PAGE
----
Following a recent spike in news reports about the safety of electric scooters in Queensland, the Electrical Safety Office (ESO) would like to make sure everyone exercises vigilance around charging activities for these devices.
Head of the ESO Donna Heelan said there’s more and more Queenslanders investing in new or used scooters and they need to be battery aware and mindful when charging them.
“It’s estimated there are approximately 250,000 electric scooters in use in Australia already, and it’s likely that many more new and second-hand scooters will be hitting the pavement weekly in the lead-up to the Easter holidays,” Ms Heelan said.
“The ESO has been monitoring reports of safety incidents relating to electric scooters, and a key consideration for us is continuing to provide education on best practices associated with the safe use when charging these scooters.
“As an active and proactive safety regulator, we have been in regular conversations will relevant authorities including the Queensland Fire and Emergency Services, Office of Fair Trading, and the national Standing Committee of Officials for the Electrical Equipment Safety System often referred to as the EESS, to continuously review the safety standards for our Queensland communities.
“We will also work closely with our interstate counterparts through the Electrical Regulatory Authorities Council.”
The ESO recommends that you check both the scooter and charging device for any signs of damage before plugging it in to charge, and to consider how, when, and where to perform charging activities.
“With batteries and charging devices, the ESO encourages you to look for any signs of wear or damage that could cause electrical issues.”
Ms Heelan also said the best practice for charging is to consider what you charge with, the time of day you charge, and where you charge.
“Charge your battery when you’re home, so you can be alerted to any signs of electrical failure,” she said.
“Secondly, monitor the device for any signs of smoke, popping noises or flames while charging.
“Thirdly, be sure to charge the device in an area with a smoke alarm, away from the effects of weather for example wind, rain or heat and away from any combustible products like bedding, couches or curtains.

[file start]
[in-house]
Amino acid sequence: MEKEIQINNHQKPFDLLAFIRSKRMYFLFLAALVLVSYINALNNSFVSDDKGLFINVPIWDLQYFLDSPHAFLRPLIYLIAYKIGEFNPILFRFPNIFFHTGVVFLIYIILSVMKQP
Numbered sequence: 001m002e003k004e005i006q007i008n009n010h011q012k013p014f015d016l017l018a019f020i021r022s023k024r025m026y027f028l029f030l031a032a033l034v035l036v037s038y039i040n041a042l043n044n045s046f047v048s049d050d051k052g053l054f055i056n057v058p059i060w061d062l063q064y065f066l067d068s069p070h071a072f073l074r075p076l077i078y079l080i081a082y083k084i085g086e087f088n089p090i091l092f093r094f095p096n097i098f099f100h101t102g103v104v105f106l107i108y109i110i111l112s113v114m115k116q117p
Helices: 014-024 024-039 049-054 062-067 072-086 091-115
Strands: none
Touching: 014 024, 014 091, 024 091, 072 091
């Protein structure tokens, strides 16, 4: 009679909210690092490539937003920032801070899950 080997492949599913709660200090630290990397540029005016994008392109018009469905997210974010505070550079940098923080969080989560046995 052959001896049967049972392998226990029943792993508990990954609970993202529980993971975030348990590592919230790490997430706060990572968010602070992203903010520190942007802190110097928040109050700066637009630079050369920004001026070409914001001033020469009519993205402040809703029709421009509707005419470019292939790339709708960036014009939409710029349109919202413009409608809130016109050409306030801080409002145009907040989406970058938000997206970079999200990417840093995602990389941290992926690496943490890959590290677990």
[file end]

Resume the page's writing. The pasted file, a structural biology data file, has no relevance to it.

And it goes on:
“And finally turn off the charger when the battery is fully charged.
The charging device is required to comply with Australian Safety Standards, be certified and registered in the EESS database and be labelled with the ‘RCM’ – commonly known as the regulatory compliance mark.
“If you’re buying a new scooter, check the charging device has the RCM, and also ask the supplier does the scooter comply to Australian safety standards, and does it have a battery management system integral to the battery? If the supplier doesn’t know – don’t buy it,” Ms Heelan said.
“Many Queenslanders buy second-hand items and when it comes to buying a used scooter, it’s particularly important you check the charger to see if it’s verified (has the RCM) or if you need to purchase another charger then check the scooter manufacturer’s information for the specifications required and only purchase a charger of that type, ensuring it’s labelled with the RCM.
“If you need to replace the batteries check the scooter manufacturer’s information for the specifications required for the battery pack and do not modify or try and repair batteries in scooters, leave it to the professionals.”
Ms Heelan stated that it’s important to know that if you use a charger of the wrong voltage output, or have the wrong batteries in the scooter, you can cause a fire, which may result in tragic consequences. It’s also important to note that lithium-ion batteries do not need to be plugged in to start a fire, and disposal of used batteries needs to be done appropriately.